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Bishops engage in debate about circumcision ban

Prohibiting circumcision would be a blow to the freedom of religion in Denmark, say bishops

From the Synagogue in Copenhagen. Photo: Jewish Community in Denmark, mosaiske.dk. 

There has been an ongoing debate about circumcision and a possible ban of the practice in the danish parliament and in public discussions. A large majority of Danes are against circumcision and some surveys suggest that 86% of the population want a ban against the circumcision of boys under the age of 18. A broad spectrum of Danish parties (Socialistisk Folkeparti, Enhedslisten, Nye Borgerlige, Alternativet, Liberal Alliance and Dansk Folkeparti) are advocating a ban on the ritual circumcision of boys.

The bishops took part in this debate and most of them, according to an article by Kristeligt Dagblad, 8 out of 10 bishops, have criticized the effort to prohibit the ritual. It is not common for the bishops to engage almost unanimously in a controversial debate such as this one. The overall picture is that the bishops see a possible ban of circumcision as a big mistake and a blow to the freedom of religion in Danish society. Some of them also see it as a criminalization of Judaism in Denmark. The head of the Jewish community in Denmark also said, that a possible ban would be the worst threat to the country’s Jews since World War II.

The bishop of Haderslev Marianne Christiansen said the following: “A ban would be a big mistake and blow to the freedom of religion and danish culture. Many Danes have maybe forgotten, in this time of secularization, that you cannot be a Jew without being circumcised.”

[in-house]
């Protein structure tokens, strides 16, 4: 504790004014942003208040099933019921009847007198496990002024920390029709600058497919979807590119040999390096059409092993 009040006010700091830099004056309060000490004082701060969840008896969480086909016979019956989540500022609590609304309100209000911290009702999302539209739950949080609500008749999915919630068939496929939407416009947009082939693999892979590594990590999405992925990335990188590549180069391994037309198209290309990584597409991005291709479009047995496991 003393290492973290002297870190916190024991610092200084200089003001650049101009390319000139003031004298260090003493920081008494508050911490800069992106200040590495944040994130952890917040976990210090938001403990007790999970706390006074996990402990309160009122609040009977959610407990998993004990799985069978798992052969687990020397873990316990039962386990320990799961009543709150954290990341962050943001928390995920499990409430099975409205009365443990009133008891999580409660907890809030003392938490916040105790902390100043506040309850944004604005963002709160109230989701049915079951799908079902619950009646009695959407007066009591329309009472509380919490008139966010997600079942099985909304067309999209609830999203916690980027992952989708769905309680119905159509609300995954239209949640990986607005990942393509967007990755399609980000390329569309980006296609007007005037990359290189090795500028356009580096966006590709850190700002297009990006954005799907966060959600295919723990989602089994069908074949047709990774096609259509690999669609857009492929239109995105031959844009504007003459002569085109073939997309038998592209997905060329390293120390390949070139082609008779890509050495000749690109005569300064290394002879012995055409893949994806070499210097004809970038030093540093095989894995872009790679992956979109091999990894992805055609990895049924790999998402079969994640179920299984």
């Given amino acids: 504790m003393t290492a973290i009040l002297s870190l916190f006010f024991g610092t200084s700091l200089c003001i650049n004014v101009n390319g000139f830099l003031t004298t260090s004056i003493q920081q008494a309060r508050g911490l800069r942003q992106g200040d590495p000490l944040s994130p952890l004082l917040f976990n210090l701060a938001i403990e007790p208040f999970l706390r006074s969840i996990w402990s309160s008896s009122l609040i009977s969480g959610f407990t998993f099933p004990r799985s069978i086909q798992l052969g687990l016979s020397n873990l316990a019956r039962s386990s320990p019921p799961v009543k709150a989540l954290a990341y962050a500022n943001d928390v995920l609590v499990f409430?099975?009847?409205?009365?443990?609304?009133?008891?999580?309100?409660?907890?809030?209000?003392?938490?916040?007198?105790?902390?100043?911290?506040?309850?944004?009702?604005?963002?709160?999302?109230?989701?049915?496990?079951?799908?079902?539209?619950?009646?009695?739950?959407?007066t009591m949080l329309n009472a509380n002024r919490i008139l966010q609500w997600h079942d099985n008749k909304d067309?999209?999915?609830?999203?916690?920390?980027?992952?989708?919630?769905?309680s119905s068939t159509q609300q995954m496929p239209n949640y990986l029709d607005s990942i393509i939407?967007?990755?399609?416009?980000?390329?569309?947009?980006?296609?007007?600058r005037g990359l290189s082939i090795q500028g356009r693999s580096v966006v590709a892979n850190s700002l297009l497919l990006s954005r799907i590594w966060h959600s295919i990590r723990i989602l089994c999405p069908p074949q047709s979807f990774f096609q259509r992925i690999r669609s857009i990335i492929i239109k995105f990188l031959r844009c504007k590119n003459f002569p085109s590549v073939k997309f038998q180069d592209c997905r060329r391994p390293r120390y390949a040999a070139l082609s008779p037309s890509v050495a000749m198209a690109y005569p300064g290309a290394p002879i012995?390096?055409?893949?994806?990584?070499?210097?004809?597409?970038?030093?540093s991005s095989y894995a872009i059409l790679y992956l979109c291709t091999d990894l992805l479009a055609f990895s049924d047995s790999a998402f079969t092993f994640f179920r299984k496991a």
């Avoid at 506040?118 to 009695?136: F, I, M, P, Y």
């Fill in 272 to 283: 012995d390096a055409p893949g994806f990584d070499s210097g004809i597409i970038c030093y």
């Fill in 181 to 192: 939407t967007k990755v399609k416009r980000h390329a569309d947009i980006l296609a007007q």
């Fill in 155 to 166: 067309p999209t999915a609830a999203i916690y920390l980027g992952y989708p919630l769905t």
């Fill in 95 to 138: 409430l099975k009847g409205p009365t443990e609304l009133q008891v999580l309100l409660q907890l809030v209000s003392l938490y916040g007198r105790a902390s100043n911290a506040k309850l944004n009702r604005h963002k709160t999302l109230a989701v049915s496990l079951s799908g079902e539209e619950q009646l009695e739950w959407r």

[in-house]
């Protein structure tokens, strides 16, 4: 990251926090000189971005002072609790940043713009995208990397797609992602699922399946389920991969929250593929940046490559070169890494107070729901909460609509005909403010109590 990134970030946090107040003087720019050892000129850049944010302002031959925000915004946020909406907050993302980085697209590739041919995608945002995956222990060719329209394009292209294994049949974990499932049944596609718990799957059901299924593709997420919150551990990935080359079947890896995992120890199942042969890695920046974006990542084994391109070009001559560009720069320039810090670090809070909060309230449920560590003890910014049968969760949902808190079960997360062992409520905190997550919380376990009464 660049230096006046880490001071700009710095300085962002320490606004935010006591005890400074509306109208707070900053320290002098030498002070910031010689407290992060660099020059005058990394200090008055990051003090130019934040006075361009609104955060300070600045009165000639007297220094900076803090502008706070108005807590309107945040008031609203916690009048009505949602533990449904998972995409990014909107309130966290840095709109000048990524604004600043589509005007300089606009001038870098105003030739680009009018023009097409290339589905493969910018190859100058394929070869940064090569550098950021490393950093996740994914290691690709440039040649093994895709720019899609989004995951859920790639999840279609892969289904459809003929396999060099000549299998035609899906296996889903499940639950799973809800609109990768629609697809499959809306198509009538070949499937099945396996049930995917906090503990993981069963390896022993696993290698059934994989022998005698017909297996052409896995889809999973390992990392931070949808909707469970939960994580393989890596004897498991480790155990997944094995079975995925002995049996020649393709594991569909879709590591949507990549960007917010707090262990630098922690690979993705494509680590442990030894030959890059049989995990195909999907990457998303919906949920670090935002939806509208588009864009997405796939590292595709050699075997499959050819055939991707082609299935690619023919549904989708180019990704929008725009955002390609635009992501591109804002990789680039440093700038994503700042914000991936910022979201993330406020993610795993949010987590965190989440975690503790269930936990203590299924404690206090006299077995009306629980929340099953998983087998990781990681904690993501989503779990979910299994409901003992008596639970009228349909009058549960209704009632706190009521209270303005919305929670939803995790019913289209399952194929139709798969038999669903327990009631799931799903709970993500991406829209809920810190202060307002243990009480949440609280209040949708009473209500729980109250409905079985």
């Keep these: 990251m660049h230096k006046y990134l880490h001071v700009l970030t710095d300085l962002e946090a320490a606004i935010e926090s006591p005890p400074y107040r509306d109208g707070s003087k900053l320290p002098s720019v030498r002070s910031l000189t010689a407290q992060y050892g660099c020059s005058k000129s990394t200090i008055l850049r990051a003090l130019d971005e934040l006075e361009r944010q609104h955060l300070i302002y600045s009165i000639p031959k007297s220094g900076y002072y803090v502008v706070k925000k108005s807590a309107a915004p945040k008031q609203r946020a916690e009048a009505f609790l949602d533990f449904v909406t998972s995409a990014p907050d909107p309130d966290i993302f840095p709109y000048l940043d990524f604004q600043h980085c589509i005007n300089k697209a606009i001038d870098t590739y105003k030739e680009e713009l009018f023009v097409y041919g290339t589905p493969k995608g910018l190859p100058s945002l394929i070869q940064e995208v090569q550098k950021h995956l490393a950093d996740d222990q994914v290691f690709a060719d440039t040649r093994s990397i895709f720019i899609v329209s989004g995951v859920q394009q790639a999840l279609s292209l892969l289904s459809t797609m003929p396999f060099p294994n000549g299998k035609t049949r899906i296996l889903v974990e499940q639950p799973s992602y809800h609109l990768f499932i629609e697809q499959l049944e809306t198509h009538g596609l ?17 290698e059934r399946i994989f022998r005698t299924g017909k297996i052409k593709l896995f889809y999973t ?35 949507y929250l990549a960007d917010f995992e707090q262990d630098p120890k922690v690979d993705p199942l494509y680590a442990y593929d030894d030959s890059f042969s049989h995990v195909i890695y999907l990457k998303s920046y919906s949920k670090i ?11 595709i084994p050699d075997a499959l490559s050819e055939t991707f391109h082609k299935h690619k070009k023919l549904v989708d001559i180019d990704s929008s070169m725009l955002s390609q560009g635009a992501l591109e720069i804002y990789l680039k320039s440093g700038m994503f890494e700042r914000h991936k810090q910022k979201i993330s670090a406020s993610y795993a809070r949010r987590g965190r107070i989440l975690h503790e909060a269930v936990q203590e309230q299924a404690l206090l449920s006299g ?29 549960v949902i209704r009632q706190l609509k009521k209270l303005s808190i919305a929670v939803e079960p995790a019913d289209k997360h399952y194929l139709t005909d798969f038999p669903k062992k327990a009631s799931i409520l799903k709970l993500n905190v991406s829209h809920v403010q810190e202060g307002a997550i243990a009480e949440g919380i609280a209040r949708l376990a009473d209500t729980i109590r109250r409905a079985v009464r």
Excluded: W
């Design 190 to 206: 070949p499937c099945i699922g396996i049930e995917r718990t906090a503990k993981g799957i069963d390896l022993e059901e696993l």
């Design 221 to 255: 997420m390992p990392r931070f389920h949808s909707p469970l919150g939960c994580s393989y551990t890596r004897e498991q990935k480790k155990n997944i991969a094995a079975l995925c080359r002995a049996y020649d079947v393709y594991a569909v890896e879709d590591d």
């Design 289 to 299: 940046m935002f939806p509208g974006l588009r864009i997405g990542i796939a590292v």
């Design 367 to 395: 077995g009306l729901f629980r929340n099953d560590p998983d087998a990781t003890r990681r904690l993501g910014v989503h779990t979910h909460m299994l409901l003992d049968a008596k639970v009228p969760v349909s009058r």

The Bishop of Copenhagen Peter Skov Jakobsen said the following: “If you ask me if I support circumcision my answer is no. The church has not supported circumcision for 2000 years. But I will not question my Jewish or Muslim neighbor’s access to this custom. This is about spiritual and intellectual freedom.” The bishop of Lolland-Falster Marianne Gaarden would not take a stand on this issue until we have a professional assessment from the health authorities.

After several weeks of debate the largest two parties in the Danish parliament, Venstre and the Social Democrats, arrived at the conclusion that they would not support a ban. Therefore, it was not possible to reach a majority to the proposition made by the MP Simon Emil Ammitzbøll-Bille. The PM Mette Frederiksen explained that Denmark made a pledge to its Jewish community after WWII to be fully inclusive to them and that banning the ritual circumcision of boys would break that promise: “Many Jews don’t find it compatible to live in a country where circumcision is banned and I simply don’t think we can make a decision with which we don’t live up to our promise – that the Jews will remain part of Denmark.”